Stay off thawing bodies of water, warn fire chiefs
The Standard
 

Walking onto bodies of water that are currently thawing as a result of warmer weather is a terrible idea, Welland and Port Colborne's fire chiefs are both saying.

"We're always worried about ice conditions this time of year," said Tom Cartwright, the head of Port Colborne's fire department in an interview on Friday.

People need to realize how dangerous it is, but unfortunately – people still feel adventurous as ice on the Welland Canal and Lake Erie starts to melt, according to Cartwright.

"There's always people who want to tempt fate," he said.

Taking a short cut home, and trying to get in one last day of ice fishing are common reasons why people take that chance – but one instance that seems to occur regularly is people panicking when their dog ends up bolting out onto the softening ice. Don't try to save your dog if it wanders onto the canal or lake, especially if it penetrates through into the water, warns Cartwright.

"If your animal falls through the ice, call 911 – and hopefully we can get there in time," he said.

The problem only gets worse if someone gets adventurous and breaks into the lake or recreational canal, he continued.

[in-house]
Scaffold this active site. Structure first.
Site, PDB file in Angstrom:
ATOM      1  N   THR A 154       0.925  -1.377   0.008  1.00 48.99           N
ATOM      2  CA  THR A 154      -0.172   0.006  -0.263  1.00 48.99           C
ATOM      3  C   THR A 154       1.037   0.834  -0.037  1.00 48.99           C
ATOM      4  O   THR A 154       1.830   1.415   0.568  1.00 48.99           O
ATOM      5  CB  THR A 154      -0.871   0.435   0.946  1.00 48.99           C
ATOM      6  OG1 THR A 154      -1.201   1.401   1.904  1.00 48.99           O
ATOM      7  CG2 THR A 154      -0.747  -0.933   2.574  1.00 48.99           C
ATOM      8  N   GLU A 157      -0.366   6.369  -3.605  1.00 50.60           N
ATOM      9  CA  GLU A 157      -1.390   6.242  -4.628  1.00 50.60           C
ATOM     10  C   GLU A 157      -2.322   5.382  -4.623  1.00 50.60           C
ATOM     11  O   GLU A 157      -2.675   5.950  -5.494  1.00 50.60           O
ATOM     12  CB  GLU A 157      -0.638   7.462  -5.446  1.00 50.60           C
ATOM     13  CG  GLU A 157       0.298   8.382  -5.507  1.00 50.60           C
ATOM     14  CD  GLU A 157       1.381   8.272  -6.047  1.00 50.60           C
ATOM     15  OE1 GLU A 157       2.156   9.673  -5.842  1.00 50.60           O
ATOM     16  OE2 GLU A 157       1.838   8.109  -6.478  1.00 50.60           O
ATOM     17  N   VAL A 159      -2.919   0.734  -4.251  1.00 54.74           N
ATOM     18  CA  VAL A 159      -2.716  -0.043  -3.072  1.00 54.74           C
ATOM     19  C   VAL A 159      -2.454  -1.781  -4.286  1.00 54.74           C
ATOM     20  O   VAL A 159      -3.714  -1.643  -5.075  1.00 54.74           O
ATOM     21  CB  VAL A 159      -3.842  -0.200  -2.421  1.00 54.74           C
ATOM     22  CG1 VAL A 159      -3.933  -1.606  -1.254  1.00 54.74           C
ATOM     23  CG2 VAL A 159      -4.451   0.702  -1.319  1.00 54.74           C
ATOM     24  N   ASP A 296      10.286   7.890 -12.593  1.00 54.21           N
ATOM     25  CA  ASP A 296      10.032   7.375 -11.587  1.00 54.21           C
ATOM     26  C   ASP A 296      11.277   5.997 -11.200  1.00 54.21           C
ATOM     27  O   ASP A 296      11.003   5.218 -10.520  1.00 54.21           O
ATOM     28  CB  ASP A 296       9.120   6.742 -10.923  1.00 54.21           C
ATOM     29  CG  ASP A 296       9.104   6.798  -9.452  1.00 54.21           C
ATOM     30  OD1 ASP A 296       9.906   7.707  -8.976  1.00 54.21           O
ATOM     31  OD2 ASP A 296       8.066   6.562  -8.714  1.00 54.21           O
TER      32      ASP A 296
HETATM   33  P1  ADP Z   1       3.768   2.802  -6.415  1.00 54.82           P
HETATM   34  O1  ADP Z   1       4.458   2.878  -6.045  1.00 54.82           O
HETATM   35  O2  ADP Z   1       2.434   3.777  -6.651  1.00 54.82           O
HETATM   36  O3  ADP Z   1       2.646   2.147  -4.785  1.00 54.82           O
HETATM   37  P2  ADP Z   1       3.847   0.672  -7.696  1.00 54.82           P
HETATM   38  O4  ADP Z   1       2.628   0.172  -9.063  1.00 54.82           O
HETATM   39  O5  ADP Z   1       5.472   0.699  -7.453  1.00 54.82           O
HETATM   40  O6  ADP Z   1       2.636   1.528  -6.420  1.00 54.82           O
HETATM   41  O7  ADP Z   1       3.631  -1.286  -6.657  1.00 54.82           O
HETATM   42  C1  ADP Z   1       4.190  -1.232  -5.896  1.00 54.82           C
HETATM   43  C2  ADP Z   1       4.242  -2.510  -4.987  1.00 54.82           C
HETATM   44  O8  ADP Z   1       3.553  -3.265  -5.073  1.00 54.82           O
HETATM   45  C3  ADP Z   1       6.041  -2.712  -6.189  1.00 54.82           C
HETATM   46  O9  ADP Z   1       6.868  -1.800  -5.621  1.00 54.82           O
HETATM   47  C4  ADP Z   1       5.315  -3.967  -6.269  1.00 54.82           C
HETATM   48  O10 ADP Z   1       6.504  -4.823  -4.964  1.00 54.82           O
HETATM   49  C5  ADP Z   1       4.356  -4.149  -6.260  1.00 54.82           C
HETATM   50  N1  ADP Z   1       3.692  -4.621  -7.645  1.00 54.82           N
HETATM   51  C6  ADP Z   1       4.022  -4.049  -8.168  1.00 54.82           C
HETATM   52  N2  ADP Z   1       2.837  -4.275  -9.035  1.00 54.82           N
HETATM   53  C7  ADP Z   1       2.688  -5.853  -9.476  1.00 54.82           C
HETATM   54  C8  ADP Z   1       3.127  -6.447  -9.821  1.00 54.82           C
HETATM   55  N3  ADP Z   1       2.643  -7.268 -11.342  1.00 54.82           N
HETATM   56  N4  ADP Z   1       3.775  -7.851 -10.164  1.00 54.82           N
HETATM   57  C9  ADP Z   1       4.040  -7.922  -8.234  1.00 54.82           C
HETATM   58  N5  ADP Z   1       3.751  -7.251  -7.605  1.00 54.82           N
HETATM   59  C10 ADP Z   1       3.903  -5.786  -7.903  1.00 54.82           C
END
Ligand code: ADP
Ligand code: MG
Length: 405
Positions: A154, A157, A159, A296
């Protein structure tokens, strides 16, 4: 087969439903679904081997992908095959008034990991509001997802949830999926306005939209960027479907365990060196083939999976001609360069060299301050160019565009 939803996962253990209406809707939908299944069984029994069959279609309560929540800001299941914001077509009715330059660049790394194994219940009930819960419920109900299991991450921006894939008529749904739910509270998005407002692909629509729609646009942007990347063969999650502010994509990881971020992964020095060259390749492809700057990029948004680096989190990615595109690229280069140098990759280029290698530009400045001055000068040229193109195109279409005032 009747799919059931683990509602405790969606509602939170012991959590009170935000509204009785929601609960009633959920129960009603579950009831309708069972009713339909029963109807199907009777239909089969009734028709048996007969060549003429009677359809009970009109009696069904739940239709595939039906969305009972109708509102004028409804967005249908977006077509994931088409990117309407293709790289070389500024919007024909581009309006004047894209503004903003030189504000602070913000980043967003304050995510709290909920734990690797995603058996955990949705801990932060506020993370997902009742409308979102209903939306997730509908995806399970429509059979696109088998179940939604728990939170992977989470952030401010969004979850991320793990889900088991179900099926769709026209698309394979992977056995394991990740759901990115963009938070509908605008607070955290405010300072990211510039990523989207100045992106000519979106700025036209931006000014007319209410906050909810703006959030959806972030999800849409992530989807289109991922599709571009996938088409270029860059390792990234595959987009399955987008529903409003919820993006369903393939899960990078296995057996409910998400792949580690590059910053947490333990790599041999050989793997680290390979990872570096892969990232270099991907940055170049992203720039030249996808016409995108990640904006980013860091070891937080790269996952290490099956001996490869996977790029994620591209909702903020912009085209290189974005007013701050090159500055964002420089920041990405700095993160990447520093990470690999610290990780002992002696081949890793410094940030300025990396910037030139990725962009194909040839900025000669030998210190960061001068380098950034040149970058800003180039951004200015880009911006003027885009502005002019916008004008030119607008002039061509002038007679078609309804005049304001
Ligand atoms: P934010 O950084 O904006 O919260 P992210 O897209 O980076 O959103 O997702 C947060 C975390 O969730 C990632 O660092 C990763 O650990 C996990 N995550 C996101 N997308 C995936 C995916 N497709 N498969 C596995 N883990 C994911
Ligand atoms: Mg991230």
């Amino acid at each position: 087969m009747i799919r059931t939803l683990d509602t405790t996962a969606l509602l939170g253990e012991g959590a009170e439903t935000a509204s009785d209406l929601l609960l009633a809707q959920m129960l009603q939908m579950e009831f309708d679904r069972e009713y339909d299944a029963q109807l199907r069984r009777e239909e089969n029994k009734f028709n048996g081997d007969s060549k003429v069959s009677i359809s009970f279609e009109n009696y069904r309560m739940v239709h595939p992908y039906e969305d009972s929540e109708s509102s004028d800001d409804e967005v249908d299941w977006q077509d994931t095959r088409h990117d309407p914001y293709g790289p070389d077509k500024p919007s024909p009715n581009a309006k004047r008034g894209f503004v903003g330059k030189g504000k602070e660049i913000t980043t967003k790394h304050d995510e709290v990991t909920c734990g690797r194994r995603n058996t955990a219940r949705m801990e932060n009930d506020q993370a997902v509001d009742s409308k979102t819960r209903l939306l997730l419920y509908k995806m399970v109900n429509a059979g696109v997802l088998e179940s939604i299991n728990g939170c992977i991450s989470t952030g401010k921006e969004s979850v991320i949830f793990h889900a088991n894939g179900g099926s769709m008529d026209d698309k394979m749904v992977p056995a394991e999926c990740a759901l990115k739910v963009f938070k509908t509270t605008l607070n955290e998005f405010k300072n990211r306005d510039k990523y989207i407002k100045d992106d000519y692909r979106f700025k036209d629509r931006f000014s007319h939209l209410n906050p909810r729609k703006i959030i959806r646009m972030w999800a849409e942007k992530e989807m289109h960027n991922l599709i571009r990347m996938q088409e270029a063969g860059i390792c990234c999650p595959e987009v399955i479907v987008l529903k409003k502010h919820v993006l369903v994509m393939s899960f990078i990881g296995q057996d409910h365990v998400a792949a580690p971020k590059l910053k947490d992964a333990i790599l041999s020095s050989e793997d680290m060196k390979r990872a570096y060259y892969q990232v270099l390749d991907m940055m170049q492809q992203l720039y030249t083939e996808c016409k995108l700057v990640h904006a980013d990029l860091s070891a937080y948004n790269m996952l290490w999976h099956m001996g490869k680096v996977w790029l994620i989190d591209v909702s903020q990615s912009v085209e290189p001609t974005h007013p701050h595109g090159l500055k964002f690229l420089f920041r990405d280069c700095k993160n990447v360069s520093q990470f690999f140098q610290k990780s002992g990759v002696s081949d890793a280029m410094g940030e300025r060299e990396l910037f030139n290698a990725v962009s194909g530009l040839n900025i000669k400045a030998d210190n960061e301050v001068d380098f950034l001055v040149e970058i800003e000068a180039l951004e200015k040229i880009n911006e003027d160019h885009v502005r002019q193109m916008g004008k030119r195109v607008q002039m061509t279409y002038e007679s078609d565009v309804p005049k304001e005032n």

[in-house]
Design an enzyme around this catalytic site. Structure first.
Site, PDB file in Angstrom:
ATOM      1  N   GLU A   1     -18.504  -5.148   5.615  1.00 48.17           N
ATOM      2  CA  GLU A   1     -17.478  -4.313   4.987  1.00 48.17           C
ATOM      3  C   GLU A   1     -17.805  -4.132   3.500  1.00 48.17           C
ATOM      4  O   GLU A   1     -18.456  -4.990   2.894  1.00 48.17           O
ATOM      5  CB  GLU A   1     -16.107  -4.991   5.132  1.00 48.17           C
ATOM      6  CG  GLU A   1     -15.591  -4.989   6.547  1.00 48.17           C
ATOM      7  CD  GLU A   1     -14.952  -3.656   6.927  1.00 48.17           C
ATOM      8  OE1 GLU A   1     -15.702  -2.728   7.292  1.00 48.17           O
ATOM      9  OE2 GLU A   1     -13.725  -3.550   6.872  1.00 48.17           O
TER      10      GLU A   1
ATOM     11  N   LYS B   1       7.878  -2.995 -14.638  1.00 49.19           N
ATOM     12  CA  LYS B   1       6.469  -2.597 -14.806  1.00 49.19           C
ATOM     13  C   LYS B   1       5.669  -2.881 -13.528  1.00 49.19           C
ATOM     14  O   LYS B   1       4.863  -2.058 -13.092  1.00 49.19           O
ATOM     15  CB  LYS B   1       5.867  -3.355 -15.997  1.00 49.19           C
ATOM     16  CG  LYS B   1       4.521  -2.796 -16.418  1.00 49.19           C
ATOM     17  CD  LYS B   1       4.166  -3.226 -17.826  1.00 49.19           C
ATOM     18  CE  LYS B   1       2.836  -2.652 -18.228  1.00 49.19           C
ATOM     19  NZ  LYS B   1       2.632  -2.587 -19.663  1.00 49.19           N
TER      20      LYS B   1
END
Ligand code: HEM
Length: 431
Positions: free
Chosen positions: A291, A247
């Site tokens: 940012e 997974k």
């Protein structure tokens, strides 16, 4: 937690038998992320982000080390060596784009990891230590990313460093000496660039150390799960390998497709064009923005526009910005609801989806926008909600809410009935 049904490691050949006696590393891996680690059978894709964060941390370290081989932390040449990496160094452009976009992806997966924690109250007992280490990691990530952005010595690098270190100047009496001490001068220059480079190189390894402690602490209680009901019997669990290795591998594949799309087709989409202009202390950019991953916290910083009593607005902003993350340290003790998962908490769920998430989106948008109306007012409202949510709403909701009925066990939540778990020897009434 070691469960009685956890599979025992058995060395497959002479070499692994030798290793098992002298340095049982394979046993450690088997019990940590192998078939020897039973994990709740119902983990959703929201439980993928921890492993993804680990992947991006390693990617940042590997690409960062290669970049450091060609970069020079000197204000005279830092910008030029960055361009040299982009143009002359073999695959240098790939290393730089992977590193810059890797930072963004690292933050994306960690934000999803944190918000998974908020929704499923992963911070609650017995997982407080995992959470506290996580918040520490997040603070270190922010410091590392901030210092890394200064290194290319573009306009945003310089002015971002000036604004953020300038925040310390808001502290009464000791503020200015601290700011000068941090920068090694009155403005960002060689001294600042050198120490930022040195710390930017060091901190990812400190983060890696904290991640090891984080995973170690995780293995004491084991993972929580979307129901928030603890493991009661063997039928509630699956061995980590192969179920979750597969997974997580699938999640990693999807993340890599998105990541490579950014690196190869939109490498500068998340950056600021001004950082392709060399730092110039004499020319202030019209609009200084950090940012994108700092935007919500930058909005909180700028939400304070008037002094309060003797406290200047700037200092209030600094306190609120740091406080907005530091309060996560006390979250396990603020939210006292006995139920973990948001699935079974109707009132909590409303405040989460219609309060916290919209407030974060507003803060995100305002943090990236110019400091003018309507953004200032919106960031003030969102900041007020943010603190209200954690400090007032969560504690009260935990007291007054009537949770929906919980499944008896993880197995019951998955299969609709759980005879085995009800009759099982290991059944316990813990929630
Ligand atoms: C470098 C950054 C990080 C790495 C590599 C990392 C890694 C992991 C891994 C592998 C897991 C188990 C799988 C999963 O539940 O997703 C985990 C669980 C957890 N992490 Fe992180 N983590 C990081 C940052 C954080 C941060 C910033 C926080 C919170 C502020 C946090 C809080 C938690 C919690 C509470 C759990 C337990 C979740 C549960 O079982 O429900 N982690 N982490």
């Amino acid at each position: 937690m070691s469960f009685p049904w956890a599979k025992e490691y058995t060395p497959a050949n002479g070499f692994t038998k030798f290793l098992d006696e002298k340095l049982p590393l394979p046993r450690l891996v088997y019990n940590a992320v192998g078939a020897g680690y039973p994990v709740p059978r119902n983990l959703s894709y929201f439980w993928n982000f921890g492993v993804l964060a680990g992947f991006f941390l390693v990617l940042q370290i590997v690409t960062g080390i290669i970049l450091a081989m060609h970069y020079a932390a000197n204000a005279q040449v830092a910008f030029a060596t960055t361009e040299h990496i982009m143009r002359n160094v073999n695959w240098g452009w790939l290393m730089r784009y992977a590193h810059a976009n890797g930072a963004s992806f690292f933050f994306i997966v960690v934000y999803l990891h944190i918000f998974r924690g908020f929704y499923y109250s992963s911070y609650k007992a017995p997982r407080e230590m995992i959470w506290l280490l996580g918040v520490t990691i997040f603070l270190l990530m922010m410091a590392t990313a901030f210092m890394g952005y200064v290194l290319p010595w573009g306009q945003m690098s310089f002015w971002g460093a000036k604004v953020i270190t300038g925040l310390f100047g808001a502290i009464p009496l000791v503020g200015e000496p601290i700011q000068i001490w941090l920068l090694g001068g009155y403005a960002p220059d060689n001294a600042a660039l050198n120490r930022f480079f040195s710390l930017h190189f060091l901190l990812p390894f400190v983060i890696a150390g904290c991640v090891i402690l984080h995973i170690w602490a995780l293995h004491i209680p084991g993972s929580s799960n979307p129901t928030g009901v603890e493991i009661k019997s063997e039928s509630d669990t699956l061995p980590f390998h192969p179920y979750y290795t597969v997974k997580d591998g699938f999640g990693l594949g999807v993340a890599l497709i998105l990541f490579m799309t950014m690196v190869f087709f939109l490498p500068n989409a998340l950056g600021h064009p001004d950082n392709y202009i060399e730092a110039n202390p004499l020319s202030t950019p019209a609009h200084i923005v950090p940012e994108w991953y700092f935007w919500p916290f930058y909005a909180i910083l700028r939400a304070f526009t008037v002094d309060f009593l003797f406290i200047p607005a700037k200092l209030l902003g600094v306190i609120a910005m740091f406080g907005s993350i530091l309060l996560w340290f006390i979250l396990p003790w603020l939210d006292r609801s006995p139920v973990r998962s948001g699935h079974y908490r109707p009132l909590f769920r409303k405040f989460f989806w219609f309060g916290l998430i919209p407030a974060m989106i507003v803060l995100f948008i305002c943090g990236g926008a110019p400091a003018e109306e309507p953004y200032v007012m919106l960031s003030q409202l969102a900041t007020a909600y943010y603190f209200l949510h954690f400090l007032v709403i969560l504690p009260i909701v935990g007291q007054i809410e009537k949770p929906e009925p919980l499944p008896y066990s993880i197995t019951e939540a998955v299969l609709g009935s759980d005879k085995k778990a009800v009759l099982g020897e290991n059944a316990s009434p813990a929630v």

"Once you fall through the ice into the cold water, it doesn't take long for hypothermia to set in," said Cartwright, adding this results in people becoming less mobile with an inability to stay afloat.

Moving water caused by high winds, large amounts of precipitation and rising temperatures are all recent factors people need to consider, he explained.

"All of that adds to poor ice conditions. Our caution to people is to not go on the ice," he said.

Welland Fire Chief Brian Kennedy said his department uses the motto "no ice is safe ice," especially this time of year.

"You never know what's underneath and how thick it is," said Kennedy, also adding there are several spots along the canal that have plenty of open water.

"I wouldn't go out there," he said.

Training sessions for firefighters occur regularly on the canal, but don't expect to see emergency crews sitting near the canal to monitor whether people are testing their luck by walking out on the thawing recreational waterway, which is the deepest in the middle – about 25 feet.

"It's not our responsibility to be policing people to keep them off the ice. We hope they use common sense," he said.

On Feb. 18, in the heart of winter, Welland firefighters rescued a Rottweiler from the recreational canal. A woman who attempted to save it before a crew arrived on scene broke through the ice in the process but luckily escaped unharmed.

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